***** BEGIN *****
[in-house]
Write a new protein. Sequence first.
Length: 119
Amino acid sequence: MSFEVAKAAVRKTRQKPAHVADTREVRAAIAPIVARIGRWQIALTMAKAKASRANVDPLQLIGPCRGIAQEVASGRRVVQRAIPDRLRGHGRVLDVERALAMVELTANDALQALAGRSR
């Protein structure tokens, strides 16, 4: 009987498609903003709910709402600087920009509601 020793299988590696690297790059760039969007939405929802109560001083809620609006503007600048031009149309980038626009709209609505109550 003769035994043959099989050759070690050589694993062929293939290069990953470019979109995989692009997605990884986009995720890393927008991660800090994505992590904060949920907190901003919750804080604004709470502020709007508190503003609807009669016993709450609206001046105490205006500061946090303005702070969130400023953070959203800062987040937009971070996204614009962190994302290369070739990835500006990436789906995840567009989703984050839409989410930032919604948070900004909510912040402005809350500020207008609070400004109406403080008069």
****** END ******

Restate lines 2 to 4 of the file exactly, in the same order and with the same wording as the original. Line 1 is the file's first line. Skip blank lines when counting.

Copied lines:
Write a new protein. Sequence first.
Length: 119
Amino acid sequence: MSFEVAKAAVRKTRQKPAHVADTREVRAAIAPIVARIGRWQIALTMAKAKASRANVDPLQLIGPCRGIAQEVASGRRVVQRAIPDRLRGHGRVLDVERALAMVELTANDALQALAGRSR